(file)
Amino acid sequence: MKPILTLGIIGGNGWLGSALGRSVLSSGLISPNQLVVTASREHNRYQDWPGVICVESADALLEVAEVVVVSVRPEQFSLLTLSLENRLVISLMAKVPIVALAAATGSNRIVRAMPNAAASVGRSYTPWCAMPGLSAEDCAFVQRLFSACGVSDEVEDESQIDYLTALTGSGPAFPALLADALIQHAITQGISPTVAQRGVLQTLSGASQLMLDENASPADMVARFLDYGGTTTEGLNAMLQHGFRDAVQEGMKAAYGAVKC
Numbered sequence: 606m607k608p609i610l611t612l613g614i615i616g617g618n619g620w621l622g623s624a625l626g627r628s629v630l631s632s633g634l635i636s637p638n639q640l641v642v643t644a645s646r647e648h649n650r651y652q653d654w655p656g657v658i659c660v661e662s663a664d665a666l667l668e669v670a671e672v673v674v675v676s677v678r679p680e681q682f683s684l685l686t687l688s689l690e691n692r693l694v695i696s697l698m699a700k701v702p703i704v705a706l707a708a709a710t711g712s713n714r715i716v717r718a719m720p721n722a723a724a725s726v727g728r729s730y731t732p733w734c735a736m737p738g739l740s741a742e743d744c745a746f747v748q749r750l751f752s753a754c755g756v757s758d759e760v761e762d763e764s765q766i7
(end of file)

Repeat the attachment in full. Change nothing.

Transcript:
Amino acid sequence: MKPILTLGIIGGNGWLGSALGRSVLSSGLISPNQLVVTASREHNRYQDWPGVICVESADALLEVAEVVVVSVRPEQFSLLTLSLENRLVISLMAKVPIVALAAATGSNRIVRAMPNAAASVGRSYTPWCAMPGLSAEDCAFVQRLFSACGVSDEVEDESQIDYLTALTGSGPAFPALLADALIQHAITQGISPTVAQRGVLQTLSGASQLMLDENASPADMVARFLDYGGTTTEGLNAMLQHGFRDAVQEGMKAAYGAVKC
Numbered sequence: 606m607k608p609i610l611t612l613g614i615i616g617g618n619g620w621l622g623s624a625l626g627r628s629v630l631s632s633g634l635i636s637p638n639q640l641v642v643t644a645s646r647e648h649n650r651y652q653d654w655p656g657v658i659c660v661e662s663a664d665a666l667l668e669v670a671e672v673v674v675v676s677v678r679p680e681q682f683s684l685l686t687l688s689l690e691n692r693l694v695i696s697l698m699a700k701v702p703i704v705a706l707a708a709a710t711g712s713n714r715i716v717r718a719m720p721n722a723a724a725s726v727g728r729s730y731t732p733w734c735a736m737p738g739l740s741a742e743d744c745a746f747v748q749r750l751f752s753a754c755g756v757s758d759e760v761e762d763e764s765q766i7